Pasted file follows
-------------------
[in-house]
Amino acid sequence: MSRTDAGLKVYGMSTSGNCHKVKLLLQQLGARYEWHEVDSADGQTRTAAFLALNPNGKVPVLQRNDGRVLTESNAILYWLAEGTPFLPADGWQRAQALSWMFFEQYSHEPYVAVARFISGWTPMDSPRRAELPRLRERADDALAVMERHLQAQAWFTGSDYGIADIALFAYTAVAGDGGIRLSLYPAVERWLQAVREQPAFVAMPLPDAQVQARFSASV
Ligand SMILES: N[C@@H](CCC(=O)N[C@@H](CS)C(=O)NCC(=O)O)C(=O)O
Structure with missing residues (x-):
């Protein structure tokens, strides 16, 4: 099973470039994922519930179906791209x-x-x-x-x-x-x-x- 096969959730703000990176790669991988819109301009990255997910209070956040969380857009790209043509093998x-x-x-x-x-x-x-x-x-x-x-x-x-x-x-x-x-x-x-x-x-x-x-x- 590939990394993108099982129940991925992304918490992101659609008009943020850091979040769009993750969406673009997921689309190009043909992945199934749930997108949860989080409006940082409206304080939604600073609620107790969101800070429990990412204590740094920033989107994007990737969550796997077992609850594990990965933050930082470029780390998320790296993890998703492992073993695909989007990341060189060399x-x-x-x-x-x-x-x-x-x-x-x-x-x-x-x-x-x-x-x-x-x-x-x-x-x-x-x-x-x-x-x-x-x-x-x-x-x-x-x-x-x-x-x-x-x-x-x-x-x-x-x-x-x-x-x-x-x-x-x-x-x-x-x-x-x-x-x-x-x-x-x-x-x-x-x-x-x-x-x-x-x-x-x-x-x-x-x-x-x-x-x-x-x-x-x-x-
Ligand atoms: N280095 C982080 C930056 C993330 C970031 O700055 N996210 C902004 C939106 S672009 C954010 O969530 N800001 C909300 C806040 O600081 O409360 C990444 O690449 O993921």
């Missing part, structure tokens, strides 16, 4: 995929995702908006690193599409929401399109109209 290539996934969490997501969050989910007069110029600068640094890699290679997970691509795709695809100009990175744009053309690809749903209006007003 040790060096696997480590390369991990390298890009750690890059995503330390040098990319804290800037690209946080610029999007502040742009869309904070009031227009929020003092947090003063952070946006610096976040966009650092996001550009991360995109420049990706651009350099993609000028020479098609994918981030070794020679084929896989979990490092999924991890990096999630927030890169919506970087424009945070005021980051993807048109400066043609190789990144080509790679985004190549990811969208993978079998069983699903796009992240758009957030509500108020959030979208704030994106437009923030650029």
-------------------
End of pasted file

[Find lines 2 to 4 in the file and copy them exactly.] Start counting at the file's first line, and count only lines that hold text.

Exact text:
Amino acid sequence: MSRTDAGLKVYGMSTSGNCHKVKLLLQQLGARYEWHEVDSADGQTRTAAFLALNPNGKVPVLQRNDGRVLTESNAILYWLAEGTPFLPADGWQRAQALSWMFFEQYSHEPYVAVARFISGWTPMDSPRRAELPRLRERADDALAVMERHLQAQAWFTGSDYGIADIALFAYTAVAGDGGIRLSLYPAVERWLQAVREQPAFVAMPLPDAQVQARFSASV
Ligand SMILES: N[C@@H](CCC(=O)N[C@@H](CS)C(=O)NCC(=O)O)C(=O)O
Structure with missing residues (x-):